Climate change, disease, coffee rust and pests coffee beetle can pose a threat to commercial varieties, but the wild species, which are not used in agriculture, there is resistance to climate change and pests. "A figure of 60 per cent of all coffee species threatened with extinction is extremely high, especially when you compare this to a global estimate of 22 per cent for plants", says Eimear Nic Lughadha, senior research leader in Kew's Conservation Department and lead scientist for Kew's Plant Assessment Unit.
"Overall, the fact that the extinction risk across all coffee species was so high - almost 60 percent - that's way above normal extinction risk figures for plants", Aaron Davis, one of the study's lead authors, told AFP. As climate change increasingly drives shifts in local environmental conditions, wild coffee species could be essential to the sustainability of commercial coffee production.
If wild coffee species disappear off the face of the earth, they may take with them genes that protect against diseases and coffee-chomping insects, or allow the plant to thrive in warmer climes.
Arabica, which has been harvested for millennia in Ethiopia and South Sudan, is without question the most popular, making up roughly 60 to 70 percent of all coffee sales worldwide. To assess the risks faced by wild coffees, Davis and his colleagues applied a barometer developed by the International Union for Conservation of Nature, an international organization that assesses biodiversity risks.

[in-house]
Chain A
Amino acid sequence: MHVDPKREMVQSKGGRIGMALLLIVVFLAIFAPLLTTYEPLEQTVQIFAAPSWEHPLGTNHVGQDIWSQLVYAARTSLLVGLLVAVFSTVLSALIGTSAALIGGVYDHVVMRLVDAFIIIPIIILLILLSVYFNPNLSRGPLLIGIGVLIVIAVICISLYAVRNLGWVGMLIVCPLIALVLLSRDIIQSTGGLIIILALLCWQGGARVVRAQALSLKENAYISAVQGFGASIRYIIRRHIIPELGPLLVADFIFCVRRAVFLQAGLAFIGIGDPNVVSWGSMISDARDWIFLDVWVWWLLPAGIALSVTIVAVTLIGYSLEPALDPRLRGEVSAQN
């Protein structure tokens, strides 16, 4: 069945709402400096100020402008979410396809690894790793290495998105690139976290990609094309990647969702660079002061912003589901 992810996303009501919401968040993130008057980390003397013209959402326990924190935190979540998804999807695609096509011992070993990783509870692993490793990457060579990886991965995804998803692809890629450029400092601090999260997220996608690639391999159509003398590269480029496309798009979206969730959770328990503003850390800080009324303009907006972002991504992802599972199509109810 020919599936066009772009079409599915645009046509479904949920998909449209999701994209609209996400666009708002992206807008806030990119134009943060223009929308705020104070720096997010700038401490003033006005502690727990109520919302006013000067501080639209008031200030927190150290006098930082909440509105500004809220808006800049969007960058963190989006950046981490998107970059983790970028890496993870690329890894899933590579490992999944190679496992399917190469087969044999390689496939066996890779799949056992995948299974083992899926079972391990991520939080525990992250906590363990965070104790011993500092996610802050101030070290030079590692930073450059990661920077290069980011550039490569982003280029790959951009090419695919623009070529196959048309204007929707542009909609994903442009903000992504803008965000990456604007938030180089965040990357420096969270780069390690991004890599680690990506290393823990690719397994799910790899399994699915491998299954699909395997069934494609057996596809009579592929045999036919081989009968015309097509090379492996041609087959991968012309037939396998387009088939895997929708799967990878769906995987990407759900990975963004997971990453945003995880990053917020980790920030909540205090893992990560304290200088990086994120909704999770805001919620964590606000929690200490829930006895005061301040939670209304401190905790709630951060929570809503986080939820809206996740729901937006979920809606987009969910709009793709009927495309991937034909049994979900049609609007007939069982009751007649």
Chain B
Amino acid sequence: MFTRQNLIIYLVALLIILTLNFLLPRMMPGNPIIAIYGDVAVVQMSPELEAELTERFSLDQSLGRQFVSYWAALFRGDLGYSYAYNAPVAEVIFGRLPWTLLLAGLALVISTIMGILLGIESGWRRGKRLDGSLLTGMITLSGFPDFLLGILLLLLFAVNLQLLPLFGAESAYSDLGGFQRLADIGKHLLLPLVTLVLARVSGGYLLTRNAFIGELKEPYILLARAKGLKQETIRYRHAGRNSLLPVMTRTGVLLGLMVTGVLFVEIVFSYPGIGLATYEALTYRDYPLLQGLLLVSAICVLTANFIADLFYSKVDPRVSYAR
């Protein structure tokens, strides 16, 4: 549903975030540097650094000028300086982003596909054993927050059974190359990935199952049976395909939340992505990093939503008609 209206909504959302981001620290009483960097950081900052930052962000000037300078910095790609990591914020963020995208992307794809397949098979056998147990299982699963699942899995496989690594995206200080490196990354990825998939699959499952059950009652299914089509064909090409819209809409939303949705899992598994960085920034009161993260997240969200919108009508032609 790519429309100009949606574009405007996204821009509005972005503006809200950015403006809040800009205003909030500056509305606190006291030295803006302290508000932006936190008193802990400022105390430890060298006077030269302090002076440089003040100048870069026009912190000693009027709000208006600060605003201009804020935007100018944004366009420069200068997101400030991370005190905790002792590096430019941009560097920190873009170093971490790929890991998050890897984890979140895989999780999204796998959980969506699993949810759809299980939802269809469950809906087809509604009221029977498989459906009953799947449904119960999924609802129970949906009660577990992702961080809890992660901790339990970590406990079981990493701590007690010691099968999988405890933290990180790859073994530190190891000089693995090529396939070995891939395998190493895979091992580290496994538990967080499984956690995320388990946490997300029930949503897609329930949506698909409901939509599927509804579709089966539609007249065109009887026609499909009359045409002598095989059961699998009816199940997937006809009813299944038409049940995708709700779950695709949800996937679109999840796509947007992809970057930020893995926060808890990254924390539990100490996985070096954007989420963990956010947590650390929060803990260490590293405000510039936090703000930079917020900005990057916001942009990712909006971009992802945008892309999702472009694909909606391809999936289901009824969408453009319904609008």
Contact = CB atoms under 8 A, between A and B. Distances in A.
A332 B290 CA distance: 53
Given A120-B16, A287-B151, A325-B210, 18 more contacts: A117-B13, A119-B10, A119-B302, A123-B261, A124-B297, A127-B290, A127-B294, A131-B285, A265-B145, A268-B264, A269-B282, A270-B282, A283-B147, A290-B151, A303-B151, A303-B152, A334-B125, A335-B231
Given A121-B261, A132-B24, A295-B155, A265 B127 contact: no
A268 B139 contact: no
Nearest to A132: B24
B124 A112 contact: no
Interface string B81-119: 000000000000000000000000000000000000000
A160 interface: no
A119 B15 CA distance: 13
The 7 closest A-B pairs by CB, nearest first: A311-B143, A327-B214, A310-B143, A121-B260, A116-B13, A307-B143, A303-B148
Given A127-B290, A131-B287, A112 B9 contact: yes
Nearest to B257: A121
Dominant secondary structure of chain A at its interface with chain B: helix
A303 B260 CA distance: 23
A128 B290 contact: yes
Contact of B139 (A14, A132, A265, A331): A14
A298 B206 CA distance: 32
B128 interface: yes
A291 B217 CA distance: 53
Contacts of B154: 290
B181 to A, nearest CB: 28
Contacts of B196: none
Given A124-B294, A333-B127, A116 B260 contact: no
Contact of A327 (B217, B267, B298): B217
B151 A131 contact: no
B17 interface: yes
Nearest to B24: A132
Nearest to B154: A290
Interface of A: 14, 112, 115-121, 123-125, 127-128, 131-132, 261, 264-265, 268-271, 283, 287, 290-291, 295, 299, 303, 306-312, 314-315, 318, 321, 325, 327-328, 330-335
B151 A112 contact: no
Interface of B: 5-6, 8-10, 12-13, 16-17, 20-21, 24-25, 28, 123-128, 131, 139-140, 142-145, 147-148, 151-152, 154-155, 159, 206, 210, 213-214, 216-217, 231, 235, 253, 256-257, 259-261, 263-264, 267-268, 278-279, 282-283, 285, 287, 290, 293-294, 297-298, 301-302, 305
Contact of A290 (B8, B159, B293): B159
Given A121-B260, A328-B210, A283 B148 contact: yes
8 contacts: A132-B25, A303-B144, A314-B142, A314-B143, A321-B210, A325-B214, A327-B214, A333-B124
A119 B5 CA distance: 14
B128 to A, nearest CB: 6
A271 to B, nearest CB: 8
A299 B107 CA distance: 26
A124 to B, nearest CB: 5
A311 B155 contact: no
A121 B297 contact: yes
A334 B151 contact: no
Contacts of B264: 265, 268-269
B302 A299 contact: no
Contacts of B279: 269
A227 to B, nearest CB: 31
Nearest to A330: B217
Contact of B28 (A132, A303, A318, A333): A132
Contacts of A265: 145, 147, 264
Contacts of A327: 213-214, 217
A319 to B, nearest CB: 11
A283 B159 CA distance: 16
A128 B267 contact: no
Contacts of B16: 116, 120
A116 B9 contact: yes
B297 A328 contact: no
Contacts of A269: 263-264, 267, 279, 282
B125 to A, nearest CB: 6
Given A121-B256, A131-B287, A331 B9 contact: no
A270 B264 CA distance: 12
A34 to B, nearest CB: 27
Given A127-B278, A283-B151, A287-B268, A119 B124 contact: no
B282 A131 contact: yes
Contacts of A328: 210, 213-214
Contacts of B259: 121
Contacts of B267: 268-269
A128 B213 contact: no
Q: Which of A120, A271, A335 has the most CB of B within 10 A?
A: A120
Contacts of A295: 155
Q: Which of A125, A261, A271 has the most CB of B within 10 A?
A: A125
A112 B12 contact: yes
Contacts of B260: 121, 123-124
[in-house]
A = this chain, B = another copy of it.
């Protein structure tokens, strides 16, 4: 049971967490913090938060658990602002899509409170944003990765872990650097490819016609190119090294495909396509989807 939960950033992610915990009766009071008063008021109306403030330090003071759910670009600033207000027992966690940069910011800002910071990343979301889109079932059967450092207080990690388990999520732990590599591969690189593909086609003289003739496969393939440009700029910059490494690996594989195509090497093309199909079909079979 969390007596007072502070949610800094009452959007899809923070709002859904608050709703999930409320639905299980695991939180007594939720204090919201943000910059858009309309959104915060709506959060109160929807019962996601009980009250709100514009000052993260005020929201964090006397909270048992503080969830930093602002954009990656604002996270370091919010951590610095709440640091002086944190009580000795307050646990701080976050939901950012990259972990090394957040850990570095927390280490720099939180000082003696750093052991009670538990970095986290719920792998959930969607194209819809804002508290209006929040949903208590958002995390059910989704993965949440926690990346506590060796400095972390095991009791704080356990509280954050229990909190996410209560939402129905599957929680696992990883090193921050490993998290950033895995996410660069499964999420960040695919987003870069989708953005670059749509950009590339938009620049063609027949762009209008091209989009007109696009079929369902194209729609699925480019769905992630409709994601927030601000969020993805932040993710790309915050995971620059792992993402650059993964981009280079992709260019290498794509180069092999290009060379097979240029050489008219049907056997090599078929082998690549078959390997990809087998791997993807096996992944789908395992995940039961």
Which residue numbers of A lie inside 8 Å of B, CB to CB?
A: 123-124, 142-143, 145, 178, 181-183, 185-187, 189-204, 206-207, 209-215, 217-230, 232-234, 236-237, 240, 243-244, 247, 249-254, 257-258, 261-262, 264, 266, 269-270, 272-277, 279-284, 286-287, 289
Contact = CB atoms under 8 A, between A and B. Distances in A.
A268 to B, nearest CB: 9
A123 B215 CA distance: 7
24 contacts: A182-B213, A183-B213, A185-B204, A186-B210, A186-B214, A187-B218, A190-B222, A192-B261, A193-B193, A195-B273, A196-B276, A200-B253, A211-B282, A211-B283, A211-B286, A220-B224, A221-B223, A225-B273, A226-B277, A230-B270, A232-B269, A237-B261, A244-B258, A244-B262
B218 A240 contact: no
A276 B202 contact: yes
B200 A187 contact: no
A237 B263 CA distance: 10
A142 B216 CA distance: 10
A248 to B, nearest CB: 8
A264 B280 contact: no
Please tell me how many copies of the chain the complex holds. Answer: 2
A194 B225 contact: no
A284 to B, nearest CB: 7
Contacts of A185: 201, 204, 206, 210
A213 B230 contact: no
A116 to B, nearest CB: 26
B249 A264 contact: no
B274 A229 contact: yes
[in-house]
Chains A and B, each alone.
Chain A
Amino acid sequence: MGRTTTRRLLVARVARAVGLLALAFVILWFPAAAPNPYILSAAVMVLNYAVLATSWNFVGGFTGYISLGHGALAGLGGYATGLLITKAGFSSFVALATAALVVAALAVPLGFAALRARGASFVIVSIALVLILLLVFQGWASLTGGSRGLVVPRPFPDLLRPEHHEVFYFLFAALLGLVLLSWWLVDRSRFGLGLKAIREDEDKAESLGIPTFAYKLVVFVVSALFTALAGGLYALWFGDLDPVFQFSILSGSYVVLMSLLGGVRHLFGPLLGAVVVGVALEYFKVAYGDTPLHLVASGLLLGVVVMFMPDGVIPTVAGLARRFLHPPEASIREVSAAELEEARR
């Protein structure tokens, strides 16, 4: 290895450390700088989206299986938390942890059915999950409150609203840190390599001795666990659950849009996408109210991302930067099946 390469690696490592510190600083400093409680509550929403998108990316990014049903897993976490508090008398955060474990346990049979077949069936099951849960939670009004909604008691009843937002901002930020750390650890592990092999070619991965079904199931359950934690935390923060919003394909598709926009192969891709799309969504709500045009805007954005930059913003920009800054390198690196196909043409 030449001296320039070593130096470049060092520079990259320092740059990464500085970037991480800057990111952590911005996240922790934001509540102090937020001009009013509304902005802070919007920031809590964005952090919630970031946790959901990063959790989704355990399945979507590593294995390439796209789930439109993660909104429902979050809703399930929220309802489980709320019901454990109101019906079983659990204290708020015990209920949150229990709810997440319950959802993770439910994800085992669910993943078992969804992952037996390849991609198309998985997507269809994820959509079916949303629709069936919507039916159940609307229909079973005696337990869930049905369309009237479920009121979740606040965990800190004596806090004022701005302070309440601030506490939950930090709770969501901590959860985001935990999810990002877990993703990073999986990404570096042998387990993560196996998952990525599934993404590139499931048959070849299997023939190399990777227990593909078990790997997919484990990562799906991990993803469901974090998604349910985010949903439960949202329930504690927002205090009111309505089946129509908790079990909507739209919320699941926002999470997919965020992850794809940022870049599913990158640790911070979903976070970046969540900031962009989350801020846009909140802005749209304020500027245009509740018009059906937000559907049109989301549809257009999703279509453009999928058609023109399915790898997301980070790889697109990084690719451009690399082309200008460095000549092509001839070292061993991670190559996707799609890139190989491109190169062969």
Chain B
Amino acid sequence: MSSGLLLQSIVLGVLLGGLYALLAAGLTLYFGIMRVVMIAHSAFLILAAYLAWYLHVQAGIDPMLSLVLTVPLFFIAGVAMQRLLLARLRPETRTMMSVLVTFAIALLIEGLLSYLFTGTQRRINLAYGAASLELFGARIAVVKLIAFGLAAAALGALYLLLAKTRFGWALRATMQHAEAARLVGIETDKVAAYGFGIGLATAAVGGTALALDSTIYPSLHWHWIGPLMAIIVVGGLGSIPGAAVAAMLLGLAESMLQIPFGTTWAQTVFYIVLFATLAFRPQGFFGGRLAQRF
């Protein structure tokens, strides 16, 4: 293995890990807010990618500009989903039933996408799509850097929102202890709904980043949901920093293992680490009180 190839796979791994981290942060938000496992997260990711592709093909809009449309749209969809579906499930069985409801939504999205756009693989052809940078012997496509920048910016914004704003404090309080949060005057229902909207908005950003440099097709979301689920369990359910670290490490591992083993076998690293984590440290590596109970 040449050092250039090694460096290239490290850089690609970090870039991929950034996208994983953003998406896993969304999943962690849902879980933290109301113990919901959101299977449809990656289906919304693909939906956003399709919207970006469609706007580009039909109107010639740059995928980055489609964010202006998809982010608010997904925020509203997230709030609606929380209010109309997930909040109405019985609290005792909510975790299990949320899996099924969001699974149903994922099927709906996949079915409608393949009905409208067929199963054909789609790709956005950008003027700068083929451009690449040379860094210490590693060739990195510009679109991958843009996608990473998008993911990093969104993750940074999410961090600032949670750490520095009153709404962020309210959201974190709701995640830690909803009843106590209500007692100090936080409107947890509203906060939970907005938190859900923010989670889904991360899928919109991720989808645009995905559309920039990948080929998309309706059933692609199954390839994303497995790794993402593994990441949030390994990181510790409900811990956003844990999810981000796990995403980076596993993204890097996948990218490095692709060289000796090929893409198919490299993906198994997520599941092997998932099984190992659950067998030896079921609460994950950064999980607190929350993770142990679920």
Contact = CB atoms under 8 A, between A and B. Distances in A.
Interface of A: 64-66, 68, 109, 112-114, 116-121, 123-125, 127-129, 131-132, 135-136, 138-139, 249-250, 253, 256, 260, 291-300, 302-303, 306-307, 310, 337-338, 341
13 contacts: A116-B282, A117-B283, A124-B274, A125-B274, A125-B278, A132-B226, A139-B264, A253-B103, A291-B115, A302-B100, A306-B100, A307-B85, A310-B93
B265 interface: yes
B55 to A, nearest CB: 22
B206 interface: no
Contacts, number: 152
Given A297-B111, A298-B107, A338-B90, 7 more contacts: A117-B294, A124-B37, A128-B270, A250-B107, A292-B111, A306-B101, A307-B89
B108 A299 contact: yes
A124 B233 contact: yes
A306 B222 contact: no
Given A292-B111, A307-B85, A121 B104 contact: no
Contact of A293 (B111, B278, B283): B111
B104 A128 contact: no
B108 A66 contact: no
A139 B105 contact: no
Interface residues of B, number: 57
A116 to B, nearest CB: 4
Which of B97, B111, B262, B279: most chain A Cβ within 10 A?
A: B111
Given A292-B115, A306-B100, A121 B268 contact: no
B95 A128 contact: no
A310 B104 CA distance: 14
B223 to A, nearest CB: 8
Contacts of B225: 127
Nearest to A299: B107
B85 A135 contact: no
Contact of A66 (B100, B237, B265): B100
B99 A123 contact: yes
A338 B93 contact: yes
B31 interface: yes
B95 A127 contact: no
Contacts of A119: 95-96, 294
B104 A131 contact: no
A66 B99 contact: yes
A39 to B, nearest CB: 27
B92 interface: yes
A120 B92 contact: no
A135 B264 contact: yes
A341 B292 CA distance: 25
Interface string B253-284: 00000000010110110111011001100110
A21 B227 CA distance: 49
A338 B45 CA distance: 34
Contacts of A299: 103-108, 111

"There's a market for low-caffeine coffee and, in fact, some of these [wild species] could be a way we produce naturally decaffeinated coffee", Professor Henry said.
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This includes the wild relative of Coffea arabica, the world's favourite and most widely traded coffee, said researchers at the Royal Botanic Gardens, Kew in the UK. "With so much deforestation going on around the world, wild coffee species are being impacted at an alarming rate".
The researchers called for a major commitment from countries that grow coffee, particularly African countries such as Ethiopia and South Sudan, to "develop and conserve their wild coffee resources [supported] by the global development and conservation communities". Coffee seeds don't store well, unlike wild relatives of other crops such as wheat or maize. There are other options too, but she says, "Conserving coffee in seed banks and specific field stations is often hard and costly, but may also be needed".
It had not been seen in the wild since 1954, and has all but vanished from coffee plantations and botanic gardens. In Madagascar and Tanzania, for example, some species are clustered in small areas, leaving them more vulnerable to a single extinction event.
This is bad news for the planet, for communities and for coffee drinkers.